ERWIN — Unicoi County officials are already seeing the results of Tuesday’s rock slide in Cocke County in the form of increased traffic along Interstate 26 and are urging travelers to take extra caution.
According to an Associated Press report, the westbound lanes of Interstate 40 near the North Carolina border were closed following the rock slide. The report also states that Tennessee Department of Transportation personnel are checking the stability of a house-sized boulder hovering above I-40.
All westbound traffic along I-40 is now being diverted to I-26. Unicoi County Emergency Management Director Ed Herndon said I-26 through Unicoi County is already realizing increased traffic along the interstate due to the detour.
“We’ve had people complaining that they had trouble getting on the interstate due to the amount of traffic coming through, and we’ve had complaints in the past about people driving erratically because they were lost on the interstate as well as off, and we’ve had a bunch of accidents. We’ve had fatalities in the past, too,” Herndon said.
Herndon said officials are wanting to get the word out about the increased traffic so local motorists are not taken by surprise and are hopeful motorists will be more careful when traveling I-26. He also said congestion has been encountered at westbound exits and he expects the work being conducted by TDOT to make I-40 safe to take several weeks.
Unicoi County is no stranger to the impacts of regional rock slides. Herndon said Tuesday’s slide is the “fourth or fifth” he’s dealt with as the county’s emergency management director. Prior to Tuesday’s rock slide, the most recent one that impacted Unicoi County occurred in North Carolina in October 2009 that also led to the closure of a portion of I-40. Officials at that time also urged caution due to increased traffic, with particular concern paid to traffic increases and speeding complaints on Tenn. Highway 81.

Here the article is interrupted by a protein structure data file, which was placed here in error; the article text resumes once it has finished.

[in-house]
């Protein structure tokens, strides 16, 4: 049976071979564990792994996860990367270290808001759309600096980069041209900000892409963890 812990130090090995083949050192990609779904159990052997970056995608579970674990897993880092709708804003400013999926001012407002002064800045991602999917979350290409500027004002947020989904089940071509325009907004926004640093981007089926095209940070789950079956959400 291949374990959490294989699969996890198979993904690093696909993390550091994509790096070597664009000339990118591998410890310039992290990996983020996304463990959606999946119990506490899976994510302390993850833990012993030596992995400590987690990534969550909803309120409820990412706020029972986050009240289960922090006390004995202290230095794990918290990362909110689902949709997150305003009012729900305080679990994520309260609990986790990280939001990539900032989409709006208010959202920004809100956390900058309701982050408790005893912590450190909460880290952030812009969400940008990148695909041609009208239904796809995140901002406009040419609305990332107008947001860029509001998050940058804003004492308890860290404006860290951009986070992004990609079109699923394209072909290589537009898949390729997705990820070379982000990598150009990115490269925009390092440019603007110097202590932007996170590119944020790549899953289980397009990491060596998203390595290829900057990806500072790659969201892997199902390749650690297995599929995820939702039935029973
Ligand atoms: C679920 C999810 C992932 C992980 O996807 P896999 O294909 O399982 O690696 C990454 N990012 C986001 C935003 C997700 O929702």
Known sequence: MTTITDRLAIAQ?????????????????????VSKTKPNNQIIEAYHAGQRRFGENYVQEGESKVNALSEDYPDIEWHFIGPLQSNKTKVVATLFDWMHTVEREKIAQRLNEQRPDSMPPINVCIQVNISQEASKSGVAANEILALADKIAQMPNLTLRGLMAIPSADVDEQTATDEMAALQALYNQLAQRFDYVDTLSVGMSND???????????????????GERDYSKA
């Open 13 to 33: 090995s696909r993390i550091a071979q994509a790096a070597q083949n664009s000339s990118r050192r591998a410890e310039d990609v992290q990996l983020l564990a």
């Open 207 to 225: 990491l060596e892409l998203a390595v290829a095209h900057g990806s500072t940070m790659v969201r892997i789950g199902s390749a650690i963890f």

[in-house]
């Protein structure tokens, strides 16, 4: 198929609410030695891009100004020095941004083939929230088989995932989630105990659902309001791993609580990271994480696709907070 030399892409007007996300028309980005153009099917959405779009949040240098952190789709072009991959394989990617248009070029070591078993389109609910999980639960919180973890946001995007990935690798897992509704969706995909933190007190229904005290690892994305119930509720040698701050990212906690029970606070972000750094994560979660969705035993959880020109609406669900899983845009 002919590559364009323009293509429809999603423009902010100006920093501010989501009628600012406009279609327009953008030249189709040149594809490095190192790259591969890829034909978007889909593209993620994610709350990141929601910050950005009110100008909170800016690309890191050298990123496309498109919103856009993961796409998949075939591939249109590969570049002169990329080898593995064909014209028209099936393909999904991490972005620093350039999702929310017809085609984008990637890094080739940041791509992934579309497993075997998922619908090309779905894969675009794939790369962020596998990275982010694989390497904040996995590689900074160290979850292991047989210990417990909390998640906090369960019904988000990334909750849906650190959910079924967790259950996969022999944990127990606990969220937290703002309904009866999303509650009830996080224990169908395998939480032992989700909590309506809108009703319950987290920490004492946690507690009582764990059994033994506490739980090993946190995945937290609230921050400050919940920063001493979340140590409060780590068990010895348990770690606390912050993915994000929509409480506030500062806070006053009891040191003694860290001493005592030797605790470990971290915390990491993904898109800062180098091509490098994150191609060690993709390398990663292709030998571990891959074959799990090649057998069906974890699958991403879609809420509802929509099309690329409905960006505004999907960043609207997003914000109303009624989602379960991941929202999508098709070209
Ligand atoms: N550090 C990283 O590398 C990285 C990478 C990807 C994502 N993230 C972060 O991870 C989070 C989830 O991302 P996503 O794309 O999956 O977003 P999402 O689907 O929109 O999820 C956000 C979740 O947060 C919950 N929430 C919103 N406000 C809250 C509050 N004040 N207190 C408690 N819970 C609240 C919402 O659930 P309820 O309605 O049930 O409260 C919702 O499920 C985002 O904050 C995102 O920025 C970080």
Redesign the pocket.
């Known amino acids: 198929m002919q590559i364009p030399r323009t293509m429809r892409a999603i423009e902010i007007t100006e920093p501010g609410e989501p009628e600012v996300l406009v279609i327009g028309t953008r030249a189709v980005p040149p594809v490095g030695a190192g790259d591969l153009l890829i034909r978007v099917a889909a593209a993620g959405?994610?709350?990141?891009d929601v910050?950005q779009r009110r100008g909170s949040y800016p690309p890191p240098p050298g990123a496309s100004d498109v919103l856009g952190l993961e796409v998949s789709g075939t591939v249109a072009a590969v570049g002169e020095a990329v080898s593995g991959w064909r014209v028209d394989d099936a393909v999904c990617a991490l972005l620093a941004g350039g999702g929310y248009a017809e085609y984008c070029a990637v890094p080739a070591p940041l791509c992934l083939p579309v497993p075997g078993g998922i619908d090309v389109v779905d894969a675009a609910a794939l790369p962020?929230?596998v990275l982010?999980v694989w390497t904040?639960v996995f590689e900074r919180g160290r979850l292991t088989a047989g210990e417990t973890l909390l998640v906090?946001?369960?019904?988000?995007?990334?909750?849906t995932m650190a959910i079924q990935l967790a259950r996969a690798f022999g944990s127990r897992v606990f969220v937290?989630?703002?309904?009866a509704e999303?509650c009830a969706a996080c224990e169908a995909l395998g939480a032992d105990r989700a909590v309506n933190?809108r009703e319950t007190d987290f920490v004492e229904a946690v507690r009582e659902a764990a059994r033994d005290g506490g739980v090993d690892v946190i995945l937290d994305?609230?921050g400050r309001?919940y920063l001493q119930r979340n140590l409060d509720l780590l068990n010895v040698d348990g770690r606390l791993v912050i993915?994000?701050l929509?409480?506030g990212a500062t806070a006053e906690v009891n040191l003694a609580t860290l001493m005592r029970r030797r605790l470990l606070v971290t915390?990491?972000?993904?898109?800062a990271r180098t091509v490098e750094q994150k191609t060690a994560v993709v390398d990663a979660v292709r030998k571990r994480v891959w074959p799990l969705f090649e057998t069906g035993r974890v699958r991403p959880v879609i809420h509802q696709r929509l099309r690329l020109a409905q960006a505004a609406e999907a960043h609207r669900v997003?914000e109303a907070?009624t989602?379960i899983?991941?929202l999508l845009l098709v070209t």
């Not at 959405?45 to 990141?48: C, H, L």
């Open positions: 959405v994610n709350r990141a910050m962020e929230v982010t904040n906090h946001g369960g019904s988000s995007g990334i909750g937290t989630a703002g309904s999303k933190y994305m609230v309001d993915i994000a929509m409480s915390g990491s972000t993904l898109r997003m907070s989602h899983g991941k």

Unicoi County Sheriff’s Department Chief Deputy Ronnie Adkins said even without an increase in manpower within his department, the UCSD is prepared to address the impact of increased traffic in the county.
“Anytime you have an increase in traffic, you’re going to have more accidents, more roadside assistance and, of course, the possibility of more illegal substances coming through the county on Interstate 26,” Adkins said. “So we’re anticipating increases in those areas.”
While the increased traffic has officials asking motorists to take greater care when traveling, it has some local businesses seeing dollar signs. Or, at the very least, an increase in the number of folks stopping in to ask directions.
Chastity Keasling, manager of the Shell service station located on Jonesborough Road off I-26, said an increase in business has been typical with past rock slides. So far, this one has been no different, she said.
“When everybody came in asking directions, we knew what had happened,” she said.
Richard Poling, manager of the Huddle House located next to the Shell station, said patronage at the restaurant seems to have increased, but he is still unsure if it’s a direct result of the I-40 traffic being diverted through the county.
“It seems like it might be a little bit busier, but I don’t know if that’s it,” he said.
Further south in town, the Holiday Inn Express Hotel, located off I-26 on Temple Hill Road, has seen a bump in business since the rock slide, according to General Manager Margaret Roy.
Not only have more travelers been stopping in to ask directions, but Roy said there has also been an increase in the number of walk-in reservations for rooms. She said the October 2009 North Carolina rock slide followed the economic downturn and the increased business that resulted nearly compensated for fewer travelers due to the downturn.
Tuesday’s slide follows a slow winter season caused by fewer skiers booking rooms due to a lack of snow, Roy said. However, she said the hotel is already noticing a change.
“Because we were slow before, it’s easy to tell when there’s an uptick,” Roy said.